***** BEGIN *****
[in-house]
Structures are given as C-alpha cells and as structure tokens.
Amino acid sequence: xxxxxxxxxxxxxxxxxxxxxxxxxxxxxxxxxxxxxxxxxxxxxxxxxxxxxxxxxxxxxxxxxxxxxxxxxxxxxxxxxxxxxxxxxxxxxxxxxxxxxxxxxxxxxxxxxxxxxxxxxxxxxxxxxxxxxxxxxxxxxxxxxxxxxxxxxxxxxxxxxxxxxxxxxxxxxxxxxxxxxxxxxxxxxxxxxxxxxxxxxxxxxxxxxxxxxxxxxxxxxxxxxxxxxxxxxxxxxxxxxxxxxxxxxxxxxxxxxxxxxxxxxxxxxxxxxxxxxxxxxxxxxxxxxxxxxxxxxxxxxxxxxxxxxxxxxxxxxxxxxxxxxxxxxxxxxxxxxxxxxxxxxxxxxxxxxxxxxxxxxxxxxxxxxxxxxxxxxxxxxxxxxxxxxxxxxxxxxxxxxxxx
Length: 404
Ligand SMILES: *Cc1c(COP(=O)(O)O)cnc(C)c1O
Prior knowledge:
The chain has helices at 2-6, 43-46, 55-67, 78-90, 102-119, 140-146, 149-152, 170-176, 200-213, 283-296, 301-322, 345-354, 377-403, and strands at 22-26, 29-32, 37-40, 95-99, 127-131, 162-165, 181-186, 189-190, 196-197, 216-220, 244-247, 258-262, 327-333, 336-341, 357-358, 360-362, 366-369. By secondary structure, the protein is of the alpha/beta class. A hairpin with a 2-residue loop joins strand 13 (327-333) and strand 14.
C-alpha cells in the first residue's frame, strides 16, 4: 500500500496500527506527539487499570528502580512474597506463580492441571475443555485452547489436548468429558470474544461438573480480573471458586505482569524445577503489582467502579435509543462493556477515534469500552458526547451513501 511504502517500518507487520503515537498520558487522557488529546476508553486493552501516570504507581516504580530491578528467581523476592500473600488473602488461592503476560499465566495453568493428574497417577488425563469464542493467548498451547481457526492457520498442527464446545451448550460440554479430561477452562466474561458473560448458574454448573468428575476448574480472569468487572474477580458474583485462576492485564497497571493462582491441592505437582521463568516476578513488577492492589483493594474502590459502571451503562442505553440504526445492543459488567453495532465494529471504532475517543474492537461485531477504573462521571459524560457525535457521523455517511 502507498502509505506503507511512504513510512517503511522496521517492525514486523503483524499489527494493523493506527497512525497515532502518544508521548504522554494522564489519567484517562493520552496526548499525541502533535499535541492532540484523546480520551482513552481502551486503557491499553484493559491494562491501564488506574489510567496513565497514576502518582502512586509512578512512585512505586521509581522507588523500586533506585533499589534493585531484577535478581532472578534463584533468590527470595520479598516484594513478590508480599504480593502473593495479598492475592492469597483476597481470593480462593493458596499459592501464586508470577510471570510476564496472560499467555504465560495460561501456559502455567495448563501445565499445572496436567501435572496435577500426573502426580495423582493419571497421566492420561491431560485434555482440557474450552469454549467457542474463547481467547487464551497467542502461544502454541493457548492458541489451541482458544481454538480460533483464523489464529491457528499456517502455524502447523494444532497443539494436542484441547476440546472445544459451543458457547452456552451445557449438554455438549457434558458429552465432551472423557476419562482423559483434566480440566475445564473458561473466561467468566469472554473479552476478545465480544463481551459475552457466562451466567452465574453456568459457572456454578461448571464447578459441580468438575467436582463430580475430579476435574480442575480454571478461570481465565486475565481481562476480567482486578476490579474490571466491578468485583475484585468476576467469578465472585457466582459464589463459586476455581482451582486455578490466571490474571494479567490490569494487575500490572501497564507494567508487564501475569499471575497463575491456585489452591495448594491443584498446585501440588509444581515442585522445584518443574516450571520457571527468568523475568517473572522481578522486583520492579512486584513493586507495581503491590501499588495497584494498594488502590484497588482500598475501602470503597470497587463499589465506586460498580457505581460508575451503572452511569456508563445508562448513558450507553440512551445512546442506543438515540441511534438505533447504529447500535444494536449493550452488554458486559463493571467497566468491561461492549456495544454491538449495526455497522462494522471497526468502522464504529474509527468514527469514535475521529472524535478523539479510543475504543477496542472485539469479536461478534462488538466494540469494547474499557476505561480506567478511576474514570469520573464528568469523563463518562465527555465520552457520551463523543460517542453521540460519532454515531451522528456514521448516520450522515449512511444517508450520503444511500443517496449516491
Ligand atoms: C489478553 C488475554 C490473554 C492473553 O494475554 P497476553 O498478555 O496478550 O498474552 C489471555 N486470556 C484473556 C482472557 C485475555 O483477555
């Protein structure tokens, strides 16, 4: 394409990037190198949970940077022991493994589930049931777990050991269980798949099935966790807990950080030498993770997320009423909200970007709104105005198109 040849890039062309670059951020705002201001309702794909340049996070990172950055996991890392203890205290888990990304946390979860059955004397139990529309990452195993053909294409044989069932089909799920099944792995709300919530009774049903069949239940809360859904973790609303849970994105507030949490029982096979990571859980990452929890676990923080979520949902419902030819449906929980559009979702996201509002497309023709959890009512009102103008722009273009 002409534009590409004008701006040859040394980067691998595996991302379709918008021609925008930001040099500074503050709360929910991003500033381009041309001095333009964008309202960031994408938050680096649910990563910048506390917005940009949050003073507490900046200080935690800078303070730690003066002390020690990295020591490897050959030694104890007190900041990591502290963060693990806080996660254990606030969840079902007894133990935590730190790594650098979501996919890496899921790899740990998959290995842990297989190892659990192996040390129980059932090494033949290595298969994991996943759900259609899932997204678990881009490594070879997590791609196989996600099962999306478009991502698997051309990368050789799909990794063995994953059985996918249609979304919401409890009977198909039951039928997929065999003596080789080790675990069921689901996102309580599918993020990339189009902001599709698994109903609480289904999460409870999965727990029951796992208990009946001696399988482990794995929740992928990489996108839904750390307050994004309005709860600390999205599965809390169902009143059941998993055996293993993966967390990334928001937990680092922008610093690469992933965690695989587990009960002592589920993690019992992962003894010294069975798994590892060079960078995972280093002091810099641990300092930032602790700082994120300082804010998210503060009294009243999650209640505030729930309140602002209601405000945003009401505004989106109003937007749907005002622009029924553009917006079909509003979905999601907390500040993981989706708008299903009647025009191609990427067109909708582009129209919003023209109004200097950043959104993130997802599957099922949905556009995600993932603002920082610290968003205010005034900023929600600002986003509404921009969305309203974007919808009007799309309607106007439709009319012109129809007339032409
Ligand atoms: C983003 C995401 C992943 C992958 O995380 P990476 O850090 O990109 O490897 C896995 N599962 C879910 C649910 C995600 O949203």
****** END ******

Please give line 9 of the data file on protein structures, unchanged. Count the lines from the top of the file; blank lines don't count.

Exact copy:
Ligand atoms: C489478553 C488475554 C490473554 C492473553 O494475554 P497476553 O498478555 O496478550 O498474552 C489471555 N486470556 C484473556 C482472557 C485475555 O483477555